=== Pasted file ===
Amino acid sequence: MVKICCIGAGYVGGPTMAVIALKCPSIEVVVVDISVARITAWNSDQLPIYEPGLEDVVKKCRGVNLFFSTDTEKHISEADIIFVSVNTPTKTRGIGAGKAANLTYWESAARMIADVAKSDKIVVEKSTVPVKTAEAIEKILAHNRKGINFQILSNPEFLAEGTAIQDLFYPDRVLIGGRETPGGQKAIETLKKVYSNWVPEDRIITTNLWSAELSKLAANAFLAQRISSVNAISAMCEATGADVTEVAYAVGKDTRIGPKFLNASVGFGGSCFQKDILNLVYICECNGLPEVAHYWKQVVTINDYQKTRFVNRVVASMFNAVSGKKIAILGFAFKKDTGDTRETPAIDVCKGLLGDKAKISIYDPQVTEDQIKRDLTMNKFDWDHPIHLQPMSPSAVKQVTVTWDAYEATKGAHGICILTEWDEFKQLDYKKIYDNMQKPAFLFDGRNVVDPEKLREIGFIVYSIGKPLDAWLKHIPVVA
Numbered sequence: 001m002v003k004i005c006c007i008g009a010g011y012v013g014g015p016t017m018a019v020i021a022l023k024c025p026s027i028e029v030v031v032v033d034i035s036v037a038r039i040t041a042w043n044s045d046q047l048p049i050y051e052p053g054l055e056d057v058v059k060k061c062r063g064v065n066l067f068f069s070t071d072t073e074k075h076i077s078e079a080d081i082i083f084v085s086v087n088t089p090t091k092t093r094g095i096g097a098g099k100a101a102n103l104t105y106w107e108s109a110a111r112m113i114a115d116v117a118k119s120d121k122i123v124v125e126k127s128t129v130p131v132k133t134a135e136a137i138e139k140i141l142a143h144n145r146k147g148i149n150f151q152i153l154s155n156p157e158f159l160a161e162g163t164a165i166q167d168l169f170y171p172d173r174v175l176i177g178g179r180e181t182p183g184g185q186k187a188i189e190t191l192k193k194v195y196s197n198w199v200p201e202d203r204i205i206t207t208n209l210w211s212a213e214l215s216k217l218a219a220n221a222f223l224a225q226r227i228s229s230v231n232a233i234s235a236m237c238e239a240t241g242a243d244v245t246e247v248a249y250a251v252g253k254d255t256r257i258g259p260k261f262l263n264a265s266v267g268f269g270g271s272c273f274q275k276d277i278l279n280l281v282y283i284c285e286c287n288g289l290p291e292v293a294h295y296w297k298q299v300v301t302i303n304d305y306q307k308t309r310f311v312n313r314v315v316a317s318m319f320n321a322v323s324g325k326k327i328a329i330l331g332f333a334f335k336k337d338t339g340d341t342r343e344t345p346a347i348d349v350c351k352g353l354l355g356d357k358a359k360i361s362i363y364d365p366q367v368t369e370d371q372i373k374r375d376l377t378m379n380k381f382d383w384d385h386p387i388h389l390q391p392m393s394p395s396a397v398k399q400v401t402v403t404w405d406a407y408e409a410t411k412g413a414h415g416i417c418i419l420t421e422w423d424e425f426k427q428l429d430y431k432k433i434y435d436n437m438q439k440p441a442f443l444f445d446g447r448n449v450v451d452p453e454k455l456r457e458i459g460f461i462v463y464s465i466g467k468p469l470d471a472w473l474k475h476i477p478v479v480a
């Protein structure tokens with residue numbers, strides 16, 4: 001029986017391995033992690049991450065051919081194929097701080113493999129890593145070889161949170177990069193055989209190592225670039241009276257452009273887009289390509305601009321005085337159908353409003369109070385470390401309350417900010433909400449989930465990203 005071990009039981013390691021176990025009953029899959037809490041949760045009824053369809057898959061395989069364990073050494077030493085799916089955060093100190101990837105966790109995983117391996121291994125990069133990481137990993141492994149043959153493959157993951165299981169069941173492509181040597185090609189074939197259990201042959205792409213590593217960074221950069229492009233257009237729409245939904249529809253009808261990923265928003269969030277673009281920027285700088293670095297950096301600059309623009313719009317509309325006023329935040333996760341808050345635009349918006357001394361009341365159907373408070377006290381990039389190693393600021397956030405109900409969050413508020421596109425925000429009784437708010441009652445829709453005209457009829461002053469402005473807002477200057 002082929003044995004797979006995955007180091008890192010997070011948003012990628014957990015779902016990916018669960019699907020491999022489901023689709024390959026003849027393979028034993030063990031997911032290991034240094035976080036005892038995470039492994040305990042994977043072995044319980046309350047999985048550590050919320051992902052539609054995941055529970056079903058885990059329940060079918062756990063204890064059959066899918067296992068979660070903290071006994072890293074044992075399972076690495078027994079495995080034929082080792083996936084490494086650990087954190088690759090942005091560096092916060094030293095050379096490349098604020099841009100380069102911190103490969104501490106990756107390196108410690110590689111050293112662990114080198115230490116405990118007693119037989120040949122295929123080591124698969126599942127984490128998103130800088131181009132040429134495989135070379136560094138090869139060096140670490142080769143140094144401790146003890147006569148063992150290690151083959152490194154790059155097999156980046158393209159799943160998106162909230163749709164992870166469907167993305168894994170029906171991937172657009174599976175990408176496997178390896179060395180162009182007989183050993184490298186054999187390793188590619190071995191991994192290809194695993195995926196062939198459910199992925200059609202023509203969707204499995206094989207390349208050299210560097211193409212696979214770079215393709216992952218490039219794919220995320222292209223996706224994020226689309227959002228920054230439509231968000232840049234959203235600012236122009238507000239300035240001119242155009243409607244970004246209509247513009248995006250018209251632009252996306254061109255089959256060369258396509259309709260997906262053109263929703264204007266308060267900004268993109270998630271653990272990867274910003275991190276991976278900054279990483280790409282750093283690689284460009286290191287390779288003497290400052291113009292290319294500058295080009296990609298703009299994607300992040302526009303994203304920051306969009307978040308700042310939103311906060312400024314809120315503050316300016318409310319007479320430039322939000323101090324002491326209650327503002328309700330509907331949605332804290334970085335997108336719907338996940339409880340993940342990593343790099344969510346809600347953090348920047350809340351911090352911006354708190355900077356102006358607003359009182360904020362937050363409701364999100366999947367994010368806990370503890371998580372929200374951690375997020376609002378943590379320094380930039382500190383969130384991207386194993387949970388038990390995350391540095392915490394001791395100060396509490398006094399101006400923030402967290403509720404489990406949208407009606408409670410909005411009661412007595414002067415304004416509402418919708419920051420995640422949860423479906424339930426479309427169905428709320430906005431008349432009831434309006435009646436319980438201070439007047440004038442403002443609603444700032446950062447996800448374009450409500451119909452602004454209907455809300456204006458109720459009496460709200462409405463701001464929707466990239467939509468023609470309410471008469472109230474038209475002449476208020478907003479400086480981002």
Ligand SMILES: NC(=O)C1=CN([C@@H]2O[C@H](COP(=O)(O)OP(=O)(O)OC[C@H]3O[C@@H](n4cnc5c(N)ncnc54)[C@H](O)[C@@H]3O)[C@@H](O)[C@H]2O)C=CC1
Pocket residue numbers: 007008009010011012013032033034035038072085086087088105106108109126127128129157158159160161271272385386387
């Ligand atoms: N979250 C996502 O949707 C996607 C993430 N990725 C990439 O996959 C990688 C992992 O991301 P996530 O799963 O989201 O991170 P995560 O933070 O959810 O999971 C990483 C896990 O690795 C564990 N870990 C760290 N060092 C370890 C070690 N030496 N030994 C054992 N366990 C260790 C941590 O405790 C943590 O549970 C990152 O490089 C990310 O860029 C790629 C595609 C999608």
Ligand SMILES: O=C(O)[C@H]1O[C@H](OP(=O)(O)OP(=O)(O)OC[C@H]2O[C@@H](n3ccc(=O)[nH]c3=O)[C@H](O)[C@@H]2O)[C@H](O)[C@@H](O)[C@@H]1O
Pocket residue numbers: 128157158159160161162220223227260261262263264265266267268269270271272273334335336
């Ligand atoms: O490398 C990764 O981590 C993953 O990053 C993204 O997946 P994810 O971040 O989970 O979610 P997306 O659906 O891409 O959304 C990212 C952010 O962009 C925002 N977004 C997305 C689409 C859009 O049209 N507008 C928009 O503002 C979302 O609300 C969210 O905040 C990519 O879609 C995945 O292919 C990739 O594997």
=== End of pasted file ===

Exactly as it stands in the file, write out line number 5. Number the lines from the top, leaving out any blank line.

Pocket residue numbers: 007008009010011012013032033034035038072085086087088105106108109126127128129157158159160161271272385386387